Let me transport you to Sheffield in the later part of 2019. Charlotte, a biology teacher working at a secondary comprehensive in the city says to Mark, her web developer husband;
"I spend my life thinking of A Level biology questions, giving those questions to students in class and as homework, and then having to mark those questions. It would be nice if we could create an A level science quiz website that students can access on their phones with questions that mark themselves, giving them instant feedback."
The original intention to was to develop an app. Having built a beta version for Android and asked for feedback from students, it quickly became apparent that we'd need to develop the app for Apple products too. This was starting to become too much for one developer. That's when we decided that a website that worked well on mobile devices would be a better delivery system for the project.
We had already made a start on building the website and added units 7 and 8 to support year 13's in the build up to their summer exams. Then lock down closed the schools. Charlotte began writing quizzes to support year 12 remote learning and the biology section rapidly expanded. It proved to be a very useful resource for Charlotte's students as she was able to set a relevant quiz every week. Her students got instant feedback and she didn't have stacks of marking. The emails that her students forwarded to her as evidence that they had completed the remote learning could be used to support the assignment of grades further down the line. It's proved very, very useful.
By the end of April 2020, with a good portion of the A Level biology syllabus on, we turned our attention to chemistry. For this we enlisted the brain of Charlotte's colleague Will. He quickly realised the potential of the project and began creating a variety of multiple choice quizzes and calculation tests to fill the chemistry section of CramNow. By the end of May we had most of the chemistry A Level syllabus on the website. By mid June we had 100s of mole calculations and pH calculation quizzes added. All the way through we tested the quizzes, fixed the errors, tested them again. We came up with new types of quiz, added tools to help students complete the work and added data sheets.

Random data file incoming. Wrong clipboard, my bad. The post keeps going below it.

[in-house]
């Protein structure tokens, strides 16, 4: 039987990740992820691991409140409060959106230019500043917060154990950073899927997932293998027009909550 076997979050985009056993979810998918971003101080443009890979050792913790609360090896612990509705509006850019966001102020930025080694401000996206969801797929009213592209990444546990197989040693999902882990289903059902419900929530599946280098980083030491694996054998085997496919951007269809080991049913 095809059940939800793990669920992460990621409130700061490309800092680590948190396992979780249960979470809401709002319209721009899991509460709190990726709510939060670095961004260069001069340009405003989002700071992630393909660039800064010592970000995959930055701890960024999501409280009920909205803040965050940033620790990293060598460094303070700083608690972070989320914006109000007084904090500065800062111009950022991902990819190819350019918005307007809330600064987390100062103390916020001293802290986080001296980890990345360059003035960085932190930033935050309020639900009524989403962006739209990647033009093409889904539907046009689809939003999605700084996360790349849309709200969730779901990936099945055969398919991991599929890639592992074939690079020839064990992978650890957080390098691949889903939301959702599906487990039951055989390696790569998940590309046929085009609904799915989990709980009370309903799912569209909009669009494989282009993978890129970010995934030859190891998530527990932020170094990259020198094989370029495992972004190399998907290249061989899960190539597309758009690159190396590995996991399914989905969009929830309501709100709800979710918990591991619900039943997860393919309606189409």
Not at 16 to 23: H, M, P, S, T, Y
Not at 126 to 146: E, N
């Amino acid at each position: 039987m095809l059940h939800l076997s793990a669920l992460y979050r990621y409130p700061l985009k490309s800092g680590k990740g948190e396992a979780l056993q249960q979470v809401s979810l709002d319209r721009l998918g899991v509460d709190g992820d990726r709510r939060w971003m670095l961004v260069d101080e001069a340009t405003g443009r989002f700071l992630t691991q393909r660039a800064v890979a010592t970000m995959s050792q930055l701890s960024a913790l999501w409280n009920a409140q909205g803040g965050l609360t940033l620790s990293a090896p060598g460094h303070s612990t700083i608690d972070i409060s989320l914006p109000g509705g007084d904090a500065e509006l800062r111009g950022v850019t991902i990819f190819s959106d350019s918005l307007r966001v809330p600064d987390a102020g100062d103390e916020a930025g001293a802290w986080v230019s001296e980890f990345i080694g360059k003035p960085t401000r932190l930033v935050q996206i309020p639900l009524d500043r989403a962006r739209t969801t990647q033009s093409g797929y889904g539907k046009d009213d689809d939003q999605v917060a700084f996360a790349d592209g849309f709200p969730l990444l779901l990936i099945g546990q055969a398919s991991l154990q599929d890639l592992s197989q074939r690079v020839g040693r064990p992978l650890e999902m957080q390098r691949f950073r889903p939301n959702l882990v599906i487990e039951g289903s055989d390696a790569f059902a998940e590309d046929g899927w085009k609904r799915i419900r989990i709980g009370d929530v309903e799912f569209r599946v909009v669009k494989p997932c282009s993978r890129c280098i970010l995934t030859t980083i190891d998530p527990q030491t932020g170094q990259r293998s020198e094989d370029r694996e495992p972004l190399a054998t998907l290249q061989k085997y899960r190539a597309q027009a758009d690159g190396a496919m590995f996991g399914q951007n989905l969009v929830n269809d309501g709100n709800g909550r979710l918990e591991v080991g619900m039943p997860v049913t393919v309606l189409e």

In June, with chemistry looking very full, we started looking for a physicist. Enter Helen. By now we had a remote working system in place whereby scientists would create Google Sheets containing their quizzes that Mark could convert into code and import to the website. We combined the sheets with a shared online to do list that scientists could add tasks and corrections to, and that the web guy could tick off items as they were completed. This way of working saw us quickly have a good chunk of the physics syllabus online by mid July.
At the time of writing schools have opened in a limited way and teacher's time is once again at a premium. There are still some gaps in the content that will be filled over the coming months. When will it be done? To quote Will: "It will never be done". There will always be more we can add. As educators, we hope you find this resource useful. To teachers, we hope the quizzes on this website free up some time that might have otherwise been consumed with thinking up questions and marking homework.
Charlotte, Will, Helen and Mark
The CramNow Team